Friday, July 4, 2014

Independent, Free, & Brave

“We hold these truths to be self-evident, that all men are created equal, that they are endowed by their Creator with certain unalienable Rights, that among these are Life, Liberty and the pursuit of Happiness. That to secure these rights, Governments are instituted among Men, deriving their just powers from the consent of the governed...”

I imagine, like most people, that I often observe traditions without giving them too much thought.
That’s been the case for me with July 4 most years. The day would find me in typical celebration of this American holiday – enjoying a barbeque with friends and family and ooo-ing and ahhh-ing over fireworks.

But this year I spent some time with my good friend, Google, digging into our collective roots, reading our Declaration of Independence, and ruminating on what our unique society has created and taken over the course of nearly 240 years of being.

The quotation above is just a small snippet from the beginning of the Declaration of Independence, laying the groundwork for setting forth a list of grievances against the King in order to justify the breaking of ties between the colonies and the mother country in the eyes of the world. While a vote in the Continental Congress severing our ties actually happened on July 2, 1776 and there is some dispute about when the Declaration was signed, some suggesting dates as late as August, July 4 has come to be the date when we celebrate this document and the foundation it laid for our country.

As much as we celebrate, I wonder how much we believe the words of the document itself? Do we really believe that “all men are created equal, that they are endowed by their Creator with certain unalienable Rights, that among these are Life, Liberty and the pursuit of Happiness?” Of course, Mr. Jefferson, as chief author of the Declaration, speaks in the mode of his day. I would hope that our postmodern sensibilities would include women in our belief of equality, although we’ve had voting rights for less than 95 years. And there are so many other glaring inequalities that you and I could cite.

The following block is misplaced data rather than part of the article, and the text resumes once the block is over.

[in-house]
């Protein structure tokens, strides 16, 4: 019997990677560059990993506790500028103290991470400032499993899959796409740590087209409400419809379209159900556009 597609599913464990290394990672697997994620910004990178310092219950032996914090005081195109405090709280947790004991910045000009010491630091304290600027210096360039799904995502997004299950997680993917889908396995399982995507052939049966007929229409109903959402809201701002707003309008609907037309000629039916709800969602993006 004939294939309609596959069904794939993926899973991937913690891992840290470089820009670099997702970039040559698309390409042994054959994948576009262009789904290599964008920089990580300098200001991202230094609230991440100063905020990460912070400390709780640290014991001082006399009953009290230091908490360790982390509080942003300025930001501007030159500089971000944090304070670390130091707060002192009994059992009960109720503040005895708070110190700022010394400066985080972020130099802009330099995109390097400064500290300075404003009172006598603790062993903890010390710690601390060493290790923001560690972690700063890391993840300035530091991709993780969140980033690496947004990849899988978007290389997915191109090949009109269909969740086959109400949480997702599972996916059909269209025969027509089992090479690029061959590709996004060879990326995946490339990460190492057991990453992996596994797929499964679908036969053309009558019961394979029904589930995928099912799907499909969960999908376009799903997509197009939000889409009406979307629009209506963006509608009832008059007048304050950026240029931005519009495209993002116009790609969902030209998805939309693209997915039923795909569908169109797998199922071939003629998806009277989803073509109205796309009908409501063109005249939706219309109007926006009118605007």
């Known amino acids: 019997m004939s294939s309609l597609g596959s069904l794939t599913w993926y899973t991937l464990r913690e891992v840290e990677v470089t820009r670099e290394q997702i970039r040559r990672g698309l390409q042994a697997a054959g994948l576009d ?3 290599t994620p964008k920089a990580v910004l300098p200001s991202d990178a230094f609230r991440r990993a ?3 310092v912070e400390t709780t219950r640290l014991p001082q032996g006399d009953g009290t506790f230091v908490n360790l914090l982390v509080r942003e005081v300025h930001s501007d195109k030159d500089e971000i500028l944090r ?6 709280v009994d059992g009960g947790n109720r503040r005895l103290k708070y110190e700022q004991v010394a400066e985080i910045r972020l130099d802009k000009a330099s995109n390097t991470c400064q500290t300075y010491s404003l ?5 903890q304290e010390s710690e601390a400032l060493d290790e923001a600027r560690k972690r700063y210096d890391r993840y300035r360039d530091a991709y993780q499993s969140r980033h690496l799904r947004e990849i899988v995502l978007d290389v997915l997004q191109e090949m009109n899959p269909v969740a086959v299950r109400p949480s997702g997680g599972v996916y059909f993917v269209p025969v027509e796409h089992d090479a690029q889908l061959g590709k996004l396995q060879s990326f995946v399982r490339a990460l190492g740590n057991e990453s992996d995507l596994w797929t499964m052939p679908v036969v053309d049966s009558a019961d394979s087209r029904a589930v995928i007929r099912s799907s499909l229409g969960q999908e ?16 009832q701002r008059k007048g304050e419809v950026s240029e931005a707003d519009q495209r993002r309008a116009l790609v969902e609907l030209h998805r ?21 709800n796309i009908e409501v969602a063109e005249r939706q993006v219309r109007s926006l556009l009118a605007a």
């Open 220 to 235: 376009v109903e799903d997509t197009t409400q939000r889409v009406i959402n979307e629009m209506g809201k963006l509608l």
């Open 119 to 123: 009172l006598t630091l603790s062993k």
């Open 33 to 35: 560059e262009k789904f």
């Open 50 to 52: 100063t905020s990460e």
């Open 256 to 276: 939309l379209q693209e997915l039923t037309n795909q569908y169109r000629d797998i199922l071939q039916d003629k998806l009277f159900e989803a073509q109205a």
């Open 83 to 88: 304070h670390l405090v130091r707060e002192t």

Even as I write this, I wonder where to take my stand. The 56 signers of the Declaration obviously felt compelled to take their stand, to stake their reputations and their lives with bold strokes of ink. A wise colleague of mine differentiates carefully between “kingdom issues” and the sensationalized issues we see bandied about by pundits. He takes his stand on matters of the kingdom, those things that are close to the heart of God. The other he lets fall away like dross.

I appreciate his wisdom because I’ve seen too many good and godly people take their stand and alienate people left and right. Our magnificent nation staked its claims on these self-evident truths of equality and yet like so many of us, individually, has wandered, strayed, and sinned with startling regularity. Jesus cries, “"Jerusalem, Jerusalem, the city that kills the prophets and stones those who are sent to it! How often have I desired to gather your children together as a hen gathers her brood under her wings, and you were not willing!” (Matthew 23:37).

I wonder what Jesus cries when he looks over our nation. Are we willing? As Barbara Brown Taylor wrote, “If you have ever loved someone you could not protect, then you understand the depth of Jesus’ lament. All you can do is open your arms. You cannot make anyone walk into them. Meanwhile, this is the most vulnerable posture in the world - wings spread, breast exposed - but if you mean what you say, then this is how you stand.”

Jesus chooses to identify as a mother hen - no fangs, no claws, no rippling muscles - who stands between the chicks and those who mean to do them harm. All she has is her willingness to shield her babies with her own body. Which Jesus does, arms spread, breast exposed.

I believe God’s Word still speaks, seeking to gather us in, guiding us in the ways that lead to life. If we mean what we say, let’s take our stand. May we use our independence in ways that glorify God! 

No comments:

Post a Comment

Thank you for joining the conversation!